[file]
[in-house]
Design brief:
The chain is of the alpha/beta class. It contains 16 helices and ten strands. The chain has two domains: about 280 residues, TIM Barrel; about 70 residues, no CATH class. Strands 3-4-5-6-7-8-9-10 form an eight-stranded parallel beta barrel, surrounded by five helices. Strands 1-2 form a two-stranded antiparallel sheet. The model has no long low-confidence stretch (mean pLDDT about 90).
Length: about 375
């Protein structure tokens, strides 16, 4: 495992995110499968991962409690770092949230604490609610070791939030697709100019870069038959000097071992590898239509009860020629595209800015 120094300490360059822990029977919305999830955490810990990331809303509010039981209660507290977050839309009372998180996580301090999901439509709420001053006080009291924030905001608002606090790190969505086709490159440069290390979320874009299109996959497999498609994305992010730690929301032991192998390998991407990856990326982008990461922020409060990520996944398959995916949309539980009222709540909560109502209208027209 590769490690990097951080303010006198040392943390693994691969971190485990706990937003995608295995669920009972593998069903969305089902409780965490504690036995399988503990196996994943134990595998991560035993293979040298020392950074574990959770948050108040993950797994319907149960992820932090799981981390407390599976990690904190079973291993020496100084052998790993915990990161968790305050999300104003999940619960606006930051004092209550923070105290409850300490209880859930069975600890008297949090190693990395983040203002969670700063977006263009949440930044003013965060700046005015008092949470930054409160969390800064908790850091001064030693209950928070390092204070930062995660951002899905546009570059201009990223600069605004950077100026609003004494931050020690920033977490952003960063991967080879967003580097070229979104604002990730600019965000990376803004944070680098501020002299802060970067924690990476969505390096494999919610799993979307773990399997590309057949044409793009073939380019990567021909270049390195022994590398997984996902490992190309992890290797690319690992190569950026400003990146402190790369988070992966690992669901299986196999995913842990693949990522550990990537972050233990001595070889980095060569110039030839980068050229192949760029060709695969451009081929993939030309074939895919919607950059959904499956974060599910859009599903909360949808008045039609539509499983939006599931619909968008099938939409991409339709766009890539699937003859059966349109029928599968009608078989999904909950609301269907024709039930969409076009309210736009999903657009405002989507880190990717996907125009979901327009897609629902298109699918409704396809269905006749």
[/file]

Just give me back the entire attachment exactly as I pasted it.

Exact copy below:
[in-house]
Design brief:
The chain is of the alpha/beta class. It contains 16 helices and ten strands. The chain has two domains: about 280 residues, TIM Barrel; about 70 residues, no CATH class. Strands 3-4-5-6-7-8-9-10 form an eight-stranded parallel beta barrel, surrounded by five helices. Strands 1-2 form a two-stranded antiparallel sheet. The model has no long low-confidence stretch (mean pLDDT about 90).
Length: about 375
């Protein structure tokens, strides 16, 4: 495992995110499968991962409690770092949230604490609610070791939030697709100019870069038959000097071992590898239509009860020629595209800015 120094300490360059822990029977919305999830955490810990990331809303509010039981209660507290977050839309009372998180996580301090999901439509709420001053006080009291924030905001608002606090790190969505086709490159440069290390979320874009299109996959497999498609994305992010730690929301032991192998390998991407990856990326982008990461922020409060990520996944398959995916949309539980009222709540909560109502209208027209 590769490690990097951080303010006198040392943390693994691969971190485990706990937003995608295995669920009972593998069903969305089902409780965490504690036995399988503990196996994943134990595998991560035993293979040298020392950074574990959770948050108040993950797994319907149960992820932090799981981390407390599976990690904190079973291993020496100084052998790993915990990161968790305050999300104003999940619960606006930051004092209550923070105290409850300490209880859930069975600890008297949090190693990395983040203002969670700063977006263009949440930044003013965060700046005015008092949470930054409160969390800064908790850091001064030693209950928070390092204070930062995660951002899905546009570059201009990223600069605004950077100026609003004494931050020690920033977490952003960063991967080879967003580097070229979104604002990730600019965000990376803004944070680098501020002299802060970067924690990476969505390096494999919610799993979307773990399997590309057949044409793009073939380019990567021909270049390195022994590398997984996902490992190309992890290797690319690992190569950026400003990146402190790369988070992966690992669901299986196999995913842990693949990522550990990537972050233990001595070889980095060569110039030839980068050229192949760029060709695969451009081929993939030309074939895919919607950059959904499956974060599910859009599903909360949808008045039609539509499983939006599931619909968008099938939409991409339709766009890539699937003859059966349109029928599968009608078989999904909950609301269907024709039930969409076009309210736009999903657009405002989507880190990717996907125009979901327009897609629902298109699918409704396809269905006749």